A Southern Baptist leader who is part of a task force that was recently set up to move the denomination toward a missional resurgence has been hard at work dispelling myths about the panel's work.
The latest rumor Dr. Daniel Akin, president of Southeastern Baptist Theological Seminary, threw out was: "The Great Commission Resurgence is actually a grand Calvinist plot to infiltrate the Southern Baptist Convention and gain control or at least greater influence in the Convention."
"This may be my favorite of all the myths. The wild imaginations that have produced it are a wonder to behold," he wrote on his website.
Akin was appointed, along with 17 others, in June to form the Great Commission Task Force, which was charged with compiling a report on how Southern Baptists can work more faithfully and effectively together in serving Christ through the Great Commission.
Earlier this year, Akin had introduced a Great Commission Resurgence manifesto to help move Southern Baptists away from factionalizing and toward a missional resurgence. The manifesto reaffirms core Christian doctrines and commits to being missionaries in non-Christian cultures, among other things.
Southern Baptists should be known as Jesus people, Akin has stressed, rather than known for their traditions, legalisms, moralisms and "sourpuss attitudes." He has also emphasized that a Great Commission Resurgence is neither a moral reformation nor a revival of political activism. It is simply a call to proclaim the Gospel.
But following the creation of the GCR task force, there have been a number of "false rumors and misinterpretations" that have been attributed to the panel's work and its members, Akin lamented.
To set the record straight, the seminary president has released a series of blogs to put to rest some of the "untruths."
"There is too much mistrust that unfortunately characterizes Convention life at this time. We must be better than this. Jesus deserves better than this," he said.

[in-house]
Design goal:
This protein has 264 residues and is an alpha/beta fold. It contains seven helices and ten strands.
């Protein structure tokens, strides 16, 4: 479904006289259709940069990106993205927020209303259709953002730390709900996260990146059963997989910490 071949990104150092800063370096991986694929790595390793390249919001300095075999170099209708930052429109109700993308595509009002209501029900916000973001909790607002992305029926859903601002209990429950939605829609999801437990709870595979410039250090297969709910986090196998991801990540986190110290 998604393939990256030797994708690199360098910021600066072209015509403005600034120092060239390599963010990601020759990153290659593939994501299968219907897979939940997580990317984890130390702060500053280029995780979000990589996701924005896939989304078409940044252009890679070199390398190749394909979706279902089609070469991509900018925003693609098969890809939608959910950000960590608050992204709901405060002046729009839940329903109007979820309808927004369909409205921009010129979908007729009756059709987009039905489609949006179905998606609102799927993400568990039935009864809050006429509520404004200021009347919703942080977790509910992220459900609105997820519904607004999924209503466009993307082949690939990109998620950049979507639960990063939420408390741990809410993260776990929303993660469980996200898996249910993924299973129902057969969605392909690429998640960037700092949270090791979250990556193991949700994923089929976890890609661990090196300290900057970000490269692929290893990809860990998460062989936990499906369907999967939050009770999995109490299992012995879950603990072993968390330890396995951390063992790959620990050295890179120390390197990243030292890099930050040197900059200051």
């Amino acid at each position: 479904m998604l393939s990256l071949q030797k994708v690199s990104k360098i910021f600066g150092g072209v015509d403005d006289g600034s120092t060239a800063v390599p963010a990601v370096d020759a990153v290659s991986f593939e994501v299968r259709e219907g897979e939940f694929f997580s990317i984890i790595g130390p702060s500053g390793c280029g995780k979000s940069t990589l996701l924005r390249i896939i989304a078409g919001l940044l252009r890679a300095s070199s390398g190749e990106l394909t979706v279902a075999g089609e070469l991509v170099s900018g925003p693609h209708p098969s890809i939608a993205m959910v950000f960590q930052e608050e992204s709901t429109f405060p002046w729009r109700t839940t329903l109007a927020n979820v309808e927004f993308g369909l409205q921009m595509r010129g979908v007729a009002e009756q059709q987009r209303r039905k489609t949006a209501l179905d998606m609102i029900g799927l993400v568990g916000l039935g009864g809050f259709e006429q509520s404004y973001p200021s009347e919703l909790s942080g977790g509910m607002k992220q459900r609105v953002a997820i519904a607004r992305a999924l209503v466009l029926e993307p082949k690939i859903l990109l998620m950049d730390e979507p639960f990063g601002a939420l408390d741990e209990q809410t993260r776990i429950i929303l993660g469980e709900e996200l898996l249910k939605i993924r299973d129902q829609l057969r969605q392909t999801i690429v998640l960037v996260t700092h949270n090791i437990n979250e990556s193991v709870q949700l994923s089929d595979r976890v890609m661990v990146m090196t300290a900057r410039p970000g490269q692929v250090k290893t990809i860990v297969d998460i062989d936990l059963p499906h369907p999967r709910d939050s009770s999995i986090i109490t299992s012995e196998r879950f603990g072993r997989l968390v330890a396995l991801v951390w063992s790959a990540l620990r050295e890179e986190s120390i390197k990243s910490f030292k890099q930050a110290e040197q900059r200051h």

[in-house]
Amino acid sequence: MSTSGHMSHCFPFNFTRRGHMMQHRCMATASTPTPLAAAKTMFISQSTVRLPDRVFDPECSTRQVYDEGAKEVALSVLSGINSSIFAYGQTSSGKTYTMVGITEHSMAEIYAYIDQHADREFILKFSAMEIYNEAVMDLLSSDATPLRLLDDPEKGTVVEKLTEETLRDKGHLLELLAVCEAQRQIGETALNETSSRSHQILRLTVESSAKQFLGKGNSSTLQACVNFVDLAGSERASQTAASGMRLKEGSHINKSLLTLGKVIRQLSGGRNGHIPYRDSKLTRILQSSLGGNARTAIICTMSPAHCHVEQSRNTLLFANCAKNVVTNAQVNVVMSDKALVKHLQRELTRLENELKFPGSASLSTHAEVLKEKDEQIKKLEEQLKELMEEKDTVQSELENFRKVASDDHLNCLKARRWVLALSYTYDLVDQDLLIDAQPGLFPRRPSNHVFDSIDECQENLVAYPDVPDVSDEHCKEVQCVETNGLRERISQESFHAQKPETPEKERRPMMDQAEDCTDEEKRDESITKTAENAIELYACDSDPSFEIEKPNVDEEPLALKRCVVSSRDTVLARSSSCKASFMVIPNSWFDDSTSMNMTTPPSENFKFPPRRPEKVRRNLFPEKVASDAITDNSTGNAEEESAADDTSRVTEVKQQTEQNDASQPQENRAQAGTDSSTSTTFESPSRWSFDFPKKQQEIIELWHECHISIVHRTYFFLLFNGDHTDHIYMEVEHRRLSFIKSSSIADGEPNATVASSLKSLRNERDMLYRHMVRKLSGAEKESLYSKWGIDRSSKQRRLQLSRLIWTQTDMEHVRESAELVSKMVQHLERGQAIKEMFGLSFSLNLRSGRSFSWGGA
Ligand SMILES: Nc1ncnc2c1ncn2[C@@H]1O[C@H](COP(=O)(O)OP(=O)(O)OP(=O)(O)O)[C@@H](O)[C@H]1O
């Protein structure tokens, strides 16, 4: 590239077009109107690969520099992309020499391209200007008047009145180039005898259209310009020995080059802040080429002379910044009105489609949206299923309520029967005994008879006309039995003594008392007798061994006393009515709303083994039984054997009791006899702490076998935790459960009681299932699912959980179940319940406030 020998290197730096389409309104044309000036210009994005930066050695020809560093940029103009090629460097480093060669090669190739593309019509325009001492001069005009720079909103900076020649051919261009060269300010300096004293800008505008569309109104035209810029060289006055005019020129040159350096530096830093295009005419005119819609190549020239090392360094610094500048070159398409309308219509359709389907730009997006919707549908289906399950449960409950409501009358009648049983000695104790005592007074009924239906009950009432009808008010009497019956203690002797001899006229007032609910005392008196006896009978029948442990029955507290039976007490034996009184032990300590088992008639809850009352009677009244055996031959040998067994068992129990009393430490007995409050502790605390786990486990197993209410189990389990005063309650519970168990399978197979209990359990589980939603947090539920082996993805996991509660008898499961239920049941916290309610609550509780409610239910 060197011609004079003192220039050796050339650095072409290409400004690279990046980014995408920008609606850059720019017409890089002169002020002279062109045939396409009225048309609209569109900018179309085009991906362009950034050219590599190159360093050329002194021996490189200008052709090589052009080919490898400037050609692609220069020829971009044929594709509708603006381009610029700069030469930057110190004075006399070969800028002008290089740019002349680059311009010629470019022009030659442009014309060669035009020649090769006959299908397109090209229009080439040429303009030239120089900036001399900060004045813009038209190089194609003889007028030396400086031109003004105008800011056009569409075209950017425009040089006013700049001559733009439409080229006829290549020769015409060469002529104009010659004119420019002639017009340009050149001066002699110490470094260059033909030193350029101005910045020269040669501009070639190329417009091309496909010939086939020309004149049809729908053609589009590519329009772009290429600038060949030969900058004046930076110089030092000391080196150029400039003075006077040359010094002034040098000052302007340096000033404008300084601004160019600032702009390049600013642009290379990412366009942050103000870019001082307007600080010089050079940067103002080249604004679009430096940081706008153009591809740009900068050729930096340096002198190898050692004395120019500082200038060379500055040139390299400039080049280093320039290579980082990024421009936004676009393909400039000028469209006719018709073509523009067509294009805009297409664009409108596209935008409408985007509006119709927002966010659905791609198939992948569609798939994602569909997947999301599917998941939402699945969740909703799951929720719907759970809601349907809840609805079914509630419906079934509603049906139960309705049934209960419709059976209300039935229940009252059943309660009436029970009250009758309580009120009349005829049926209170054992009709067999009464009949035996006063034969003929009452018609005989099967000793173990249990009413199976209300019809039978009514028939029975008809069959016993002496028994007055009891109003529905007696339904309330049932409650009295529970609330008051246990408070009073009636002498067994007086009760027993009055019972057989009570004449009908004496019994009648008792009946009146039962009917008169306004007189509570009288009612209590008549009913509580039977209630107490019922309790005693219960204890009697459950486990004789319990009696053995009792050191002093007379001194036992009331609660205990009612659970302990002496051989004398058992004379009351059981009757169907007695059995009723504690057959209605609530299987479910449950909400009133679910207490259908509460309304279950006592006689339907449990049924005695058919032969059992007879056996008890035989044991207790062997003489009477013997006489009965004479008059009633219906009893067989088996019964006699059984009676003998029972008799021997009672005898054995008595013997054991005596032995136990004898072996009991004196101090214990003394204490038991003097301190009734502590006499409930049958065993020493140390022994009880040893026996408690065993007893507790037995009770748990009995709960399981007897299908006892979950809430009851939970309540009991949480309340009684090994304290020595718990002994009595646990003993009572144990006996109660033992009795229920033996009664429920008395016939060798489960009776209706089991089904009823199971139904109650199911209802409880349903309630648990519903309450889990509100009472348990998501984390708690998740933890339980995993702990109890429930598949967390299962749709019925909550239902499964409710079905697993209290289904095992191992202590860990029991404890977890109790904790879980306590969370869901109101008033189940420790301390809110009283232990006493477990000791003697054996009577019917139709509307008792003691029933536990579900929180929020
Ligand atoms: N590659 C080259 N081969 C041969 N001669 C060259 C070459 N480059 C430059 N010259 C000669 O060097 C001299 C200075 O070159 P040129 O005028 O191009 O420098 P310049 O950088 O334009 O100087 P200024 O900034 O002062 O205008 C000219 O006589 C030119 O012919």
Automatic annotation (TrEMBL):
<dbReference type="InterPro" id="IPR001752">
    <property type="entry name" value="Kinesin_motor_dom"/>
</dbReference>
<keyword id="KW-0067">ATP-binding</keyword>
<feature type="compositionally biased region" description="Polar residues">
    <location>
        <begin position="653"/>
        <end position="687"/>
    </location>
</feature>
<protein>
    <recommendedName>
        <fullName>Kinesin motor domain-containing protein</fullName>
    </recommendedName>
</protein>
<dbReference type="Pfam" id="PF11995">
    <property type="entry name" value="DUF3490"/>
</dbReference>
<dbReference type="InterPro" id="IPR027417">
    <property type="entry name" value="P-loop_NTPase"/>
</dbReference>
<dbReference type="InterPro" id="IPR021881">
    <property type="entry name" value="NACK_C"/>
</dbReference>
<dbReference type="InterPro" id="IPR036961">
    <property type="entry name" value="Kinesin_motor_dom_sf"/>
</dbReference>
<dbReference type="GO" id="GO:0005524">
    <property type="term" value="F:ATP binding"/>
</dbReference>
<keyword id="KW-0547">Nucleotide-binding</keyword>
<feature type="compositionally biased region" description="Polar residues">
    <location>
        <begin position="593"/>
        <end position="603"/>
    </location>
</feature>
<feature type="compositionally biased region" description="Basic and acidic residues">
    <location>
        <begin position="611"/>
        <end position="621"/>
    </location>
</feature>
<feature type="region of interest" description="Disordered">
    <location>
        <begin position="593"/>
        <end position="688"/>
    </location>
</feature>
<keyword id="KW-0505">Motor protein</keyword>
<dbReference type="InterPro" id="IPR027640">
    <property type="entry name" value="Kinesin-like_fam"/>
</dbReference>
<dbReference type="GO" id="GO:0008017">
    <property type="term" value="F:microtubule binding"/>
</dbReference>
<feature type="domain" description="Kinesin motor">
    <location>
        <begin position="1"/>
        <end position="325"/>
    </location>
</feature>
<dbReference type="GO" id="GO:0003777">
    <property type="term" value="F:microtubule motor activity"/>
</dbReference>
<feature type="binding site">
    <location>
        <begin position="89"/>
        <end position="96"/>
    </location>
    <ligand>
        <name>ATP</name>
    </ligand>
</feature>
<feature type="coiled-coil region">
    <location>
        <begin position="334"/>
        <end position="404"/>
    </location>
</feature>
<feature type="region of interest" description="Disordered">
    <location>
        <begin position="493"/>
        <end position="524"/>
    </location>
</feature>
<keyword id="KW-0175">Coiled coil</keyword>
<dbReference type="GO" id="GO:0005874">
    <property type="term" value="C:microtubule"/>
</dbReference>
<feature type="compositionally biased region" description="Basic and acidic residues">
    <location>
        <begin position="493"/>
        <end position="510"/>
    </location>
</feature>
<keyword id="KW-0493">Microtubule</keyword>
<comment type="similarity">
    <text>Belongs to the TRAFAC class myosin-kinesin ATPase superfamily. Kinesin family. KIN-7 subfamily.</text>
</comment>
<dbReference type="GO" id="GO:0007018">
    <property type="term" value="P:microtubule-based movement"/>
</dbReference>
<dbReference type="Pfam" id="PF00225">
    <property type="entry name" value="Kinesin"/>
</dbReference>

Regarding the myth about Calvinists taking control of the denomination, Akin noted that the "axioms" he outlined for a Great Commission Resurgence contains "only one passing and playful reference to Calvinism." And that reference was placed there to drive the point that they do not have to agree on the specifics of Calvinism to work together in obeying the Great Commission.
The more formal 10-point GCR Declaration, meanwhile, contains no mention of Calvinism.
Akin stressed, "[T]he GCR is not about Calvinism."
Moreover, clearing up misunderstandings about task force members, Akin said he is not a classic Calvinist. Neither is SBC president Johnny Hunt or task force chairman Ronnie Floyd, he pointed out.
"[O]f all the members of the GCRTF that was appointed by Johnny Hunt, I know of only one person who is a Calvinist," he noted.
Another myth that Akin tackled was the rumor that the goal of some members of the task force to get more money to the nations is only a smoke screen to get more money to the seminaries.
"The GCR is not and has never been about getting more money to the seminaries," he stated.
"There are approximately 1.6 billion people who have no access to the gospel and 3.4 billion with limited or no access to the gospel. There are major population centers in North America, most of which are not in the South, that are bereft of strong evangelical churches and gospel witness. This is what inspired the genesis of the GCR in the first place. This is what is occupying the time and energy of the GCRTF."
During the panel's first listening session in August, Floyd told the group that their commission "is to reveal the honest and true status of this denomination," as reported by Baptist Press. The current reality is that baptisms fell for the third straight year in 2007 to the denomination's lowest level since 1987 and total membership also declined for the first time in years. Growth over the past few decades has plateaued, many have acknowledged.
The panel is expected to bring a report and any recommendations to the SBC's meeting next summer.